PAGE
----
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Am J Kidney Dis. 2011 May;57(5):788-98. doi: 10.1053/j.ajkd.2011.01.021. Epub 2011 Mar 21.

Nephrological excerpts from the Encyclopédie of Diderot and d'Alembert.

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  • 1First Chair of Nephrology, Second University of Naples, Naples, Italy; Italian Institute for Philosophical Studies, Naples, Italy. nataleg.desanto@unina2.it

Abstract

The Encyclopédie of Denis Diderot (1713-1784) and Jean-Baptiste le Rond d'Alembert (1717-1783), a 35-volume work published between 1751 and 1780, is the most representative work of the Enlightenment in France. Written to explain truths based on experiment, detected by the senses, and analyzed by reason, it was meant to be an inclusive systematic dictionary of the sciences, arts, and crafts. Medicine, considered an experimental but practical science based on measurement, is not mentioned in the frontispiece, but is covered in the text based on the work of several illustrious scientists and clinicians of the period. The renal entries describe kidney structure and function, normal and pathologic urine, diabetes, anuria, polyuria, dysuria, stranguria, incontinence, kidney stones, edema, diuretics, and nephritis. The contributions of Marcello Malpighi (1628-1698), Herman Boerhaave (1668-1738), and Guichard-Joseph Duverney (1648-1730) are highlighted. Accompanying illustrations of unique perfection show the position of the kidneys according to Albrecht Haller (1708-1777); their innervation according to Raymond Vieussens (1641-1715); their structure according to Anton Nuck (1650-1692), Exupère Joseph Bertin (1712-1781), and Frederick Ruysch (1638-1731); and the genitourinary tract according to Duverney. Overall, the Encyclopédie provides a unique summary of what was known about kidney structure, function, and disease in the 18th century.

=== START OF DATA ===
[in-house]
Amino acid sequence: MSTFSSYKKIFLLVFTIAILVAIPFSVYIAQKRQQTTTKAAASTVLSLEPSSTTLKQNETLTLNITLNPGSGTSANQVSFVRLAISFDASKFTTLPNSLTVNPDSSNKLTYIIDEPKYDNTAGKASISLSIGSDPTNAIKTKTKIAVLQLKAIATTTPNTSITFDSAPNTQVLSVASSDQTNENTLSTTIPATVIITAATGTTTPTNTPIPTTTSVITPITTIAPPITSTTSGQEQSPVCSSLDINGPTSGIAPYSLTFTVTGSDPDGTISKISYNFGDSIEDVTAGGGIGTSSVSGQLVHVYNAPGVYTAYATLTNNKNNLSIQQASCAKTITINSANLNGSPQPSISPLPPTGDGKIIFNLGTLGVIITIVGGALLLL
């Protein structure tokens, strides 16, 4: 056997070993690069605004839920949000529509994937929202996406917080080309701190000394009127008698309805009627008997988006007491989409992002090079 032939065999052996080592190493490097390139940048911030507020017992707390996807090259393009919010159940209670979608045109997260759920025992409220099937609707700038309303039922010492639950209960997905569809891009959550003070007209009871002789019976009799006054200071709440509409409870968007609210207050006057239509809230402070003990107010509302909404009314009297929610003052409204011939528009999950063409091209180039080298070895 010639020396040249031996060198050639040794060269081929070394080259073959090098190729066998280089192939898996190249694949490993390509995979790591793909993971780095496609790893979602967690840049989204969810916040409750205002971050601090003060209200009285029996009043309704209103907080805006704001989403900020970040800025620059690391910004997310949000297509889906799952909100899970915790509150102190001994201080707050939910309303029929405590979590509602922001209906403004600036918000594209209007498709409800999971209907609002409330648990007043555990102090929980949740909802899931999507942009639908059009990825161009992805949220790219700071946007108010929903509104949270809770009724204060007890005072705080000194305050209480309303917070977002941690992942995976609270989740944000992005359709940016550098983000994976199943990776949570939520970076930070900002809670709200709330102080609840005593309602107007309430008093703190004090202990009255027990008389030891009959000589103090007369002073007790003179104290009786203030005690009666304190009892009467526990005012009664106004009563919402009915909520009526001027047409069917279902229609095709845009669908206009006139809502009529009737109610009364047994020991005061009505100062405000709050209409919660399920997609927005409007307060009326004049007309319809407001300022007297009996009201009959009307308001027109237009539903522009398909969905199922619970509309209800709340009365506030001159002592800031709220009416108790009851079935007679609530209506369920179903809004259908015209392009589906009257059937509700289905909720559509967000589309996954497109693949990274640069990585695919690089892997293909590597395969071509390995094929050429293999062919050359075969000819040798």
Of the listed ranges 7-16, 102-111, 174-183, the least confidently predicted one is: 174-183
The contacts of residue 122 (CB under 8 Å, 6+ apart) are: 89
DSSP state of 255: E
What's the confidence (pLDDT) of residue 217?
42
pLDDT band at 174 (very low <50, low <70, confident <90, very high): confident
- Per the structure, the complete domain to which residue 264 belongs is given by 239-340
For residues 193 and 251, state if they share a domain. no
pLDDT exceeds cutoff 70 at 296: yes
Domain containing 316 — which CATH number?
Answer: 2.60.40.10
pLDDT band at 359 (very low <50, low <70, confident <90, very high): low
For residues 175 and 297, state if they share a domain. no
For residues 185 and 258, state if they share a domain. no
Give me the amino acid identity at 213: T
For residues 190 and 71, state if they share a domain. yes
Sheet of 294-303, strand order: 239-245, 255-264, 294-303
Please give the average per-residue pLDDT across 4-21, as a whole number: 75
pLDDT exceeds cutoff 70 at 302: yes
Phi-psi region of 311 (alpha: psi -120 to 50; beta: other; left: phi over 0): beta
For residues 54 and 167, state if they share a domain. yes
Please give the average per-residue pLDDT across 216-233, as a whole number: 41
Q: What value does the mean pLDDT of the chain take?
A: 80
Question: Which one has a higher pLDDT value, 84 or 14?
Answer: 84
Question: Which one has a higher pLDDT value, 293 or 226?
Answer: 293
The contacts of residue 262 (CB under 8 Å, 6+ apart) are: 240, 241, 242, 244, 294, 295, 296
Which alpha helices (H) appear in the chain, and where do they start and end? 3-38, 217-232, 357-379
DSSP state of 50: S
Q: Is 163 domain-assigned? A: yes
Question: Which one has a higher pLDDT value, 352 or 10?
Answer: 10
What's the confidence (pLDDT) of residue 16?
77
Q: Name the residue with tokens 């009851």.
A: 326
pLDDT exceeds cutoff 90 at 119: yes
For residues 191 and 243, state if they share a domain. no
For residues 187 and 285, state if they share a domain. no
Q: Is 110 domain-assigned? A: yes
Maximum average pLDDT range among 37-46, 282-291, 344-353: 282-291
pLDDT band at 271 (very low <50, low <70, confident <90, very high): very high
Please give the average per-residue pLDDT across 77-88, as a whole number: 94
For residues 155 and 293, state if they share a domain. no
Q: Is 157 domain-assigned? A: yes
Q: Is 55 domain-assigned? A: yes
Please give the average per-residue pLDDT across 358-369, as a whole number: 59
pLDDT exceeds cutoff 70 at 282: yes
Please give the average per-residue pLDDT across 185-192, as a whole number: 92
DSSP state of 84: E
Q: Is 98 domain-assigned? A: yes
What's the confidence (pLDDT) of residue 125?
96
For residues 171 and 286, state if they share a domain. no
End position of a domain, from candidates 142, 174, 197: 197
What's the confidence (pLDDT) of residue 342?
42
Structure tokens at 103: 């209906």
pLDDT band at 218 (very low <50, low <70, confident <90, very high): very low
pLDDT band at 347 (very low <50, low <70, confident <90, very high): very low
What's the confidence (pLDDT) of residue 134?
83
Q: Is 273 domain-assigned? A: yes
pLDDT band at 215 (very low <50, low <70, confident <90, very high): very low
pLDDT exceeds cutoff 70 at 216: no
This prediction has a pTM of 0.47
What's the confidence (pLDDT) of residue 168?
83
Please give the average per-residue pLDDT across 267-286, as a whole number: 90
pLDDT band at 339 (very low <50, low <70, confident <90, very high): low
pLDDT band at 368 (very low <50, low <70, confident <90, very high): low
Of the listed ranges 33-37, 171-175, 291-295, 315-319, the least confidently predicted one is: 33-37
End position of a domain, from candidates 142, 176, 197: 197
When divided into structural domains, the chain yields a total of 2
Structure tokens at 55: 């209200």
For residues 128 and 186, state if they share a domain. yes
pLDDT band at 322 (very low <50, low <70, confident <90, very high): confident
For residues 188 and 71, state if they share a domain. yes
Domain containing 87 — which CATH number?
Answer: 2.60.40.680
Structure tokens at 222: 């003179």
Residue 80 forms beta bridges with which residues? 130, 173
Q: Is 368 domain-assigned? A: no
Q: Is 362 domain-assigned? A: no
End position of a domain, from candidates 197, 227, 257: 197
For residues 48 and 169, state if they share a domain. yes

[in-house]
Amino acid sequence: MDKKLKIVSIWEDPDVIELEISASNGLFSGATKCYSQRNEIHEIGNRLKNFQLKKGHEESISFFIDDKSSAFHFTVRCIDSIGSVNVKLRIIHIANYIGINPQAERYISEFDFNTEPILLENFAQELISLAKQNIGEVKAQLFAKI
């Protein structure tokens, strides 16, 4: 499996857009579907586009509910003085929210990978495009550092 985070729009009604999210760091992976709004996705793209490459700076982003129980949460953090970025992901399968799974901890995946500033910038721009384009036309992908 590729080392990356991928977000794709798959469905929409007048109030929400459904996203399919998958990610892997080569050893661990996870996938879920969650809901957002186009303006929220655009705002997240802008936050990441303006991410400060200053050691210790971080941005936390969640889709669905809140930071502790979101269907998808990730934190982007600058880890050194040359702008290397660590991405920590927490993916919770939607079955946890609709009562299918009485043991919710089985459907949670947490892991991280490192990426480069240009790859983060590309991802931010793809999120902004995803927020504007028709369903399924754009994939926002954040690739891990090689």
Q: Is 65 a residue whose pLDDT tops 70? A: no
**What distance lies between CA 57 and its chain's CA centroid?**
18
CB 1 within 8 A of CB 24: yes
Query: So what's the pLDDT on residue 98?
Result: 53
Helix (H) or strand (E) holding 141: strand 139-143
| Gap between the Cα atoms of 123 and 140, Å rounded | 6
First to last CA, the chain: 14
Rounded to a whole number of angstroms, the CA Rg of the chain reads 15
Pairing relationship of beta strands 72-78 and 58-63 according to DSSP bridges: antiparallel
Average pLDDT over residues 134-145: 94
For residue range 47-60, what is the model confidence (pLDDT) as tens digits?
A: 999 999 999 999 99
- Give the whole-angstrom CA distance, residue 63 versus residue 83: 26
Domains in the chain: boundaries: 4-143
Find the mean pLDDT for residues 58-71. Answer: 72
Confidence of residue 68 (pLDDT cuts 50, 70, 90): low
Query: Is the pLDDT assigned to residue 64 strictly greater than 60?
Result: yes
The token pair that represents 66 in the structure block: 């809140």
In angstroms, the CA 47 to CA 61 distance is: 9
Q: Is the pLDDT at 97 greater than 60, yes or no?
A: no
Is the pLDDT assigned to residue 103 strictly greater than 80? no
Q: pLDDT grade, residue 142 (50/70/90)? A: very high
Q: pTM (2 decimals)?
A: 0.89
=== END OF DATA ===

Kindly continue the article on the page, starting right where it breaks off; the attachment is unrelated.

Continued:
Copyright © 2011 National Kidney Foundation, Inc. Published by Elsevier Inc. All rights reserved.

PMID:
21420773
[PubMed - indexed for MEDLINE]
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